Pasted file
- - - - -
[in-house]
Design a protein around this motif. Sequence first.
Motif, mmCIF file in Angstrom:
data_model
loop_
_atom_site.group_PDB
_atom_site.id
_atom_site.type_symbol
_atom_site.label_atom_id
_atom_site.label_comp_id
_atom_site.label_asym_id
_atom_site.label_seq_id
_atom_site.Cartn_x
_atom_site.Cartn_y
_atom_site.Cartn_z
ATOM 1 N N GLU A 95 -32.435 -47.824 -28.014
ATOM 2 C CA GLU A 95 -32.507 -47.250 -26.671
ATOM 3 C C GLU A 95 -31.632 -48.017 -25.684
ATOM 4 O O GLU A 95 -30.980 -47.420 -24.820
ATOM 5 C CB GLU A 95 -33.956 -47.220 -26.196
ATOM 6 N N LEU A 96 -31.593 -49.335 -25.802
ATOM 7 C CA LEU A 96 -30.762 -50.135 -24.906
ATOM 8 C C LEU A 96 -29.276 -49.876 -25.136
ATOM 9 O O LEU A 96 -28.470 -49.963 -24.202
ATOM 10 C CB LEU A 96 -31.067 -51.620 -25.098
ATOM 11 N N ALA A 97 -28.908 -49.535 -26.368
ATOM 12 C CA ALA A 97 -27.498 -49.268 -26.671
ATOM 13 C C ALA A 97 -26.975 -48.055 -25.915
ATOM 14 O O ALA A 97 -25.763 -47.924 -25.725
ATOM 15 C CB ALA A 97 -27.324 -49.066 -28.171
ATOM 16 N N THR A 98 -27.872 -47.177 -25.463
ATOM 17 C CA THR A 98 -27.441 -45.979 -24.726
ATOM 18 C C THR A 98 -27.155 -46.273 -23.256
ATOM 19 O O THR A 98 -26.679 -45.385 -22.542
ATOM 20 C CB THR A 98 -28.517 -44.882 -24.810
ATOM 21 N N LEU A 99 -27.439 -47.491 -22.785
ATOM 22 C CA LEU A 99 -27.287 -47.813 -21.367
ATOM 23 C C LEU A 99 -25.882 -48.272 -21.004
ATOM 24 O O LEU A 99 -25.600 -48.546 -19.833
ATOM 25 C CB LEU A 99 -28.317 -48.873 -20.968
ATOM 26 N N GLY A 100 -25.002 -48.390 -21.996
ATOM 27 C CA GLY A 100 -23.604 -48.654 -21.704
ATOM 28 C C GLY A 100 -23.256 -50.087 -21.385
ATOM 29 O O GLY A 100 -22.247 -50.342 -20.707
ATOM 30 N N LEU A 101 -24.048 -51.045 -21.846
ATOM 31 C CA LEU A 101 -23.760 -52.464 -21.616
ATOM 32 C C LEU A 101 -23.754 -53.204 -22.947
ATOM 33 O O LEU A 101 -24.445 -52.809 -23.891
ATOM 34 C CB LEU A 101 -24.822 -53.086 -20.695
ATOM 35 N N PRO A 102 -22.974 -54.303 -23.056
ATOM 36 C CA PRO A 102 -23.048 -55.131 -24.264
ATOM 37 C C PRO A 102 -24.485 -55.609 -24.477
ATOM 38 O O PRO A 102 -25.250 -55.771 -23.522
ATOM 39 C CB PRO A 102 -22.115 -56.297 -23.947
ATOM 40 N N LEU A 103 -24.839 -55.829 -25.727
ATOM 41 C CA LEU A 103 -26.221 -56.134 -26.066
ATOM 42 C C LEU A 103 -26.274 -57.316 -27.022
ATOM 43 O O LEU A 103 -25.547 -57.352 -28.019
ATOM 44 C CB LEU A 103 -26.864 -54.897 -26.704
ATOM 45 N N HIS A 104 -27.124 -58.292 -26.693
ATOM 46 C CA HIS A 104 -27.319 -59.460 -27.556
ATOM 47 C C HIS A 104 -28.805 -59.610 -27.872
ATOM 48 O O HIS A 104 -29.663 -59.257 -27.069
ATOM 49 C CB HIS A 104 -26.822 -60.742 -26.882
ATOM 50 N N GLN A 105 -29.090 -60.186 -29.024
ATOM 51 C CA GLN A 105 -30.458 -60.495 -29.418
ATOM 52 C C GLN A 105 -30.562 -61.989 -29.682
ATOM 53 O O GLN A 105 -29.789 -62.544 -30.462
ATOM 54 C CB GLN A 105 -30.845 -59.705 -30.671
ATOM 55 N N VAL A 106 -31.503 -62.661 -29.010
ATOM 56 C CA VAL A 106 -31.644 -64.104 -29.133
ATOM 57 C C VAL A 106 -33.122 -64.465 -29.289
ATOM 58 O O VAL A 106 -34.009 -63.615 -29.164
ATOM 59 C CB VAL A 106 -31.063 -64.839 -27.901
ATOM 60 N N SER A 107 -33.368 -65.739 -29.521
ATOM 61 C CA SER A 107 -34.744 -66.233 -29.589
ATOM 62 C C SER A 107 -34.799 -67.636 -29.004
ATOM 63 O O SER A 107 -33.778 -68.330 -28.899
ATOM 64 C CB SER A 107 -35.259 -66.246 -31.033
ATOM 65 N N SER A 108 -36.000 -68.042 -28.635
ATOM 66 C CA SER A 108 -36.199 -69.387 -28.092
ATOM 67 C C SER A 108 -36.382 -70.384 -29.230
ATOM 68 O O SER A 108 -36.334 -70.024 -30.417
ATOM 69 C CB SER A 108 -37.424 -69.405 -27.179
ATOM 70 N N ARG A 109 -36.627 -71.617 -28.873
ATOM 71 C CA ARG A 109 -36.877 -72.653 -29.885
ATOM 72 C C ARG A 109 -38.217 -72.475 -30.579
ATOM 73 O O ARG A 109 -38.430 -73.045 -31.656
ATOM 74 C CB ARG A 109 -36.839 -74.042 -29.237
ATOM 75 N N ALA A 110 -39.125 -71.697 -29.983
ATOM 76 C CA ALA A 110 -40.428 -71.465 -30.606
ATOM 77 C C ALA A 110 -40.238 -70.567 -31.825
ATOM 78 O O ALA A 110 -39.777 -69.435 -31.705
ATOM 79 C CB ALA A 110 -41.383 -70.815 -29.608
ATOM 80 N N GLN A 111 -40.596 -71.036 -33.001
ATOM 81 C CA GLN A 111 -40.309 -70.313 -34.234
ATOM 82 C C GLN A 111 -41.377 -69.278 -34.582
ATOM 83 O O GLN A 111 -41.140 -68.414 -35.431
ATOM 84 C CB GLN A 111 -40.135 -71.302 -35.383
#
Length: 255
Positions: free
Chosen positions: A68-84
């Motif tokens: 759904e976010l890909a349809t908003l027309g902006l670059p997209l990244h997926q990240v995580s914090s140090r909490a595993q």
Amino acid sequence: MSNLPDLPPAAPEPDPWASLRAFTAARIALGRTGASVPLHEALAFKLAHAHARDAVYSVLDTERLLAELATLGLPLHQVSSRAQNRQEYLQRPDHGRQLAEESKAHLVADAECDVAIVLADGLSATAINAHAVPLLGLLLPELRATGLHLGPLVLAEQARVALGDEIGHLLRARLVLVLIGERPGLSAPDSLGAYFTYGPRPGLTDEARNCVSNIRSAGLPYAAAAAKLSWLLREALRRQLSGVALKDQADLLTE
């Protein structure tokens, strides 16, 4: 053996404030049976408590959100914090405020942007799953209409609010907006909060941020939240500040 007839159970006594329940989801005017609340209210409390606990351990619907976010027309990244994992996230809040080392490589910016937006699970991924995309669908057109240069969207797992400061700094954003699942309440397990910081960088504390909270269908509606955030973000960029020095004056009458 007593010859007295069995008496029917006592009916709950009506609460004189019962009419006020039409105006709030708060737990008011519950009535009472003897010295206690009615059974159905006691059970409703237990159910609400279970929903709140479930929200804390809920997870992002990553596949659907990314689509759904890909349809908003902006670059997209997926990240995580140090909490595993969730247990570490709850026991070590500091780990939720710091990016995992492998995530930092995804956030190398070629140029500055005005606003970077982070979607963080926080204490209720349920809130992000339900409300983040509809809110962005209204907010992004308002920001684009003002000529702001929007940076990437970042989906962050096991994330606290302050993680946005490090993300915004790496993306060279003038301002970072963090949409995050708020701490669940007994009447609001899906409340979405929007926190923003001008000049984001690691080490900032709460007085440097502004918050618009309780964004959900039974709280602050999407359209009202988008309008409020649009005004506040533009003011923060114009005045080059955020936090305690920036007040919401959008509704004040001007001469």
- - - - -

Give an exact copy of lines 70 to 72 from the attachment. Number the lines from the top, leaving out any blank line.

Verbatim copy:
ATOM 55 N N VAL A 106 -31.503 -62.661 -29.010
ATOM 56 C CA VAL A 106 -31.644 -64.104 -29.133
ATOM 57 C C VAL A 106 -33.122 -64.465 -29.289